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U. Kentucky faces lawsuit over decision to remove mural depicting state’s history, including slavery

A large mural at the University of Kentucky painted by a female artist that has stood the test of time for nearly a century is slated to be removed due to complaints that it’s a painful reminder of slavery.

But the University of Kentucky now faces a lawsuit over the matter after it announced it would remove the fresco, described as the largest painted by a woman in the United States and one that “captures the pictorial and controversial history of Kentucky and is still considered one of the most important works of art in the state,” according to the artist’s supporters.

Painted in the mid-1930s, muralist Ann Rice O’Hanlon’s fresco includes stereotypical images from that era such as slaves working in a field, a point of contention among black students at the school who have decried its presence for nearly 20 years.

In 2015, it was covered up after a fresh wave of criticism from students.

In June of this year, in the wake of massive racial unrest in the country after the death of George Floyd, a black man, at the hands of police, University of Kentucky President Eli Capilouto announced the artwork would be removed for good.

The 40-foot mural is located in Memorial Hall, which hosts classes and events.

“There is rarely a perfect solution to challenging issues. But it is the right one, I believe, for our campus at this moment and in the years to come,” Capilouto stated.

In response, Kentucky historian Wendell Berry and his wife, Tanya Berry, the niece of O’Hanlon, sued the school. The lawsuit argues that because the artwork was commissioned by the New Deal-era Public Works of Art Project, it is owned by the people and cannot be arbitrarily moved by administrators.

What’s more, a 2018 mural created to serve as a companion piece to the 1930s-era fresco would be hurt by the older piece’s removal, some say.

The newer piece, titled “Witness” and located nearby to help ease the pain of the older images of slavey, “reproduces the images of the African slaves and places them in a gold leafed dome in order to elevate them to the divine and reinforce the notion or possibility of rebirth,” LEX18 reports.

Karyn Olivier, the black female artist who created “Witness,” told LEX18 without the older fresco “my piece becomes mute. It’s rendered void, in a way. It can’t work without the past it seeks to confront. That means my piece is just over. It doesn’t work on its own.”

She also said the university’s decision is misguided.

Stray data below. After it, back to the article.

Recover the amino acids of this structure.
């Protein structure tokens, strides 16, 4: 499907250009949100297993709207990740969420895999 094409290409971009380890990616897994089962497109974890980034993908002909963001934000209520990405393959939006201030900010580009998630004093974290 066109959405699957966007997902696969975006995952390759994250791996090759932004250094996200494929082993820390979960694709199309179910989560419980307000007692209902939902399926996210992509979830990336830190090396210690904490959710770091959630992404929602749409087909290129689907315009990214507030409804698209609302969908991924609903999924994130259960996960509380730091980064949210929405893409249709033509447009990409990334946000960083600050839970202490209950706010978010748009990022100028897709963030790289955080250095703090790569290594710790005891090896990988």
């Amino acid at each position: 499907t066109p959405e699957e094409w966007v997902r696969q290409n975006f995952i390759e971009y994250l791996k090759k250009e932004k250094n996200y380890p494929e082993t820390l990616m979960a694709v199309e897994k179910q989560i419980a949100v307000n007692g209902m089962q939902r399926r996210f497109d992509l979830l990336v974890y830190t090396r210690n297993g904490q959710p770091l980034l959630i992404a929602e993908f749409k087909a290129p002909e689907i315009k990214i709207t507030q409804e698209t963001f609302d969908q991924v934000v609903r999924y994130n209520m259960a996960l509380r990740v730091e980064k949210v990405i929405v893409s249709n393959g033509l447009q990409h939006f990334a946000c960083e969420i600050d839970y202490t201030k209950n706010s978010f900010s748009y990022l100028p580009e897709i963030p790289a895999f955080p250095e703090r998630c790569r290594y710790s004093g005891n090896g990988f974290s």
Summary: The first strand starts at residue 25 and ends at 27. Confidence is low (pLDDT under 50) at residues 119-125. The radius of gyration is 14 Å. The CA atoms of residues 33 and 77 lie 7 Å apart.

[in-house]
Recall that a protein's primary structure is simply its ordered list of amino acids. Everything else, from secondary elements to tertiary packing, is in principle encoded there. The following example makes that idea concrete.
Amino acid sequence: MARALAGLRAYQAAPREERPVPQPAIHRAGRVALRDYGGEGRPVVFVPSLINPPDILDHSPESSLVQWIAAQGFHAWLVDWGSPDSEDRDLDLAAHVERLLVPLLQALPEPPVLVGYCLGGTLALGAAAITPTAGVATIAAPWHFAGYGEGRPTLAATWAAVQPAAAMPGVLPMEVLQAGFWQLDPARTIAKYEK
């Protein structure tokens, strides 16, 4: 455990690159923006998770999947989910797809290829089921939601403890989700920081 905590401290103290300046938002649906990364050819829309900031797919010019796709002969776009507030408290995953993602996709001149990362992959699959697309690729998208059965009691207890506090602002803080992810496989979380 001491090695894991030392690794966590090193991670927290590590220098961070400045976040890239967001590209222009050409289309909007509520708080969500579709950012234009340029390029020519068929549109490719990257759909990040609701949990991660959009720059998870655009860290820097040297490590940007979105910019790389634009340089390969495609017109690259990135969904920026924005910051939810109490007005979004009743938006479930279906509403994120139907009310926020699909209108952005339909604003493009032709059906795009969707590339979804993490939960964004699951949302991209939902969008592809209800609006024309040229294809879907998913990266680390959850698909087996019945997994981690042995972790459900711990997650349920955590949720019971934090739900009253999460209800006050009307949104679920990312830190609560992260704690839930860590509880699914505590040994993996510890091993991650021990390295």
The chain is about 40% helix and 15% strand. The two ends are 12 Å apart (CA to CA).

“The idea to remove the mural seems to me like a BandAid,” Olivier told LEX18. “It’s a quick deed to quell the fury and rage people are feeling.”

In President Capilouto statement, he had pointed out that the historical mural had long been a source of pain for some students and as the issue of race relations continues to be at the forefront of American politics, he wanted to remove the mural’s “weight” from the campus and its race-based discussions.

Capilouto stated that his decision to completely remove the painting from campus came after Floyd’s death. He stated that by seeing an unarmed black man being brutally killed, he sees how the mural brings to light the decades of suffering that African-Americans had to endure.

But Berry, who sued the university, argues that the removal of the painting and similar ones is censoring America’s history.

“I don’t think that the president has the right to destroy any part of the commonwealth. How soon do we get to the point where we just don’t want to have a past at all,” he told The New York Times.

When asked about the situation, the O’Hanlon Center for the Arts, which is an art center that was created by Ann O’Hanlon and serves as a tribute to her work, provided The College Fix with its public statement on the matter.

“Our understanding … is that Ann O’Hanlon’s 1934 mural will not be destroyed but perhaps moved,” the center stated. “As far as we know, the final decisions have not been made, and the university is looking at this mural in context of how facilities, art and education will work together to create a more understanding and racially conscious campus community.”

“We have asked for assurances from the University of Kentucky to recognize the significance of Ann O’Hanlon’s work, and as stewards, do all that is necessary to ensure its preservation either in its current locale or in another area,” the center added.

“We have also asked the University to entertain the notion of using Ann’s work as a catalyst for learning, education and understanding in regards to furthering deeper discussions of diversity, equity and inclusion while recognizing and respecting the difficult and controversial history of race in America.”

Asked about the mural, University of Kentucky spokesperson Jay Blanton told The College Fix “decisions have not been made at this point.”

“We have had an architect and a team from our facilities management area examining options but no final decisions have been made at this time,” he said.

MORE: Black U. Kentucky faculty want basketball arena honoring legendary coach renamed

IMAGE: Joshua Qualls / Shutterstock

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Kassie Vickers -- Victor Valley College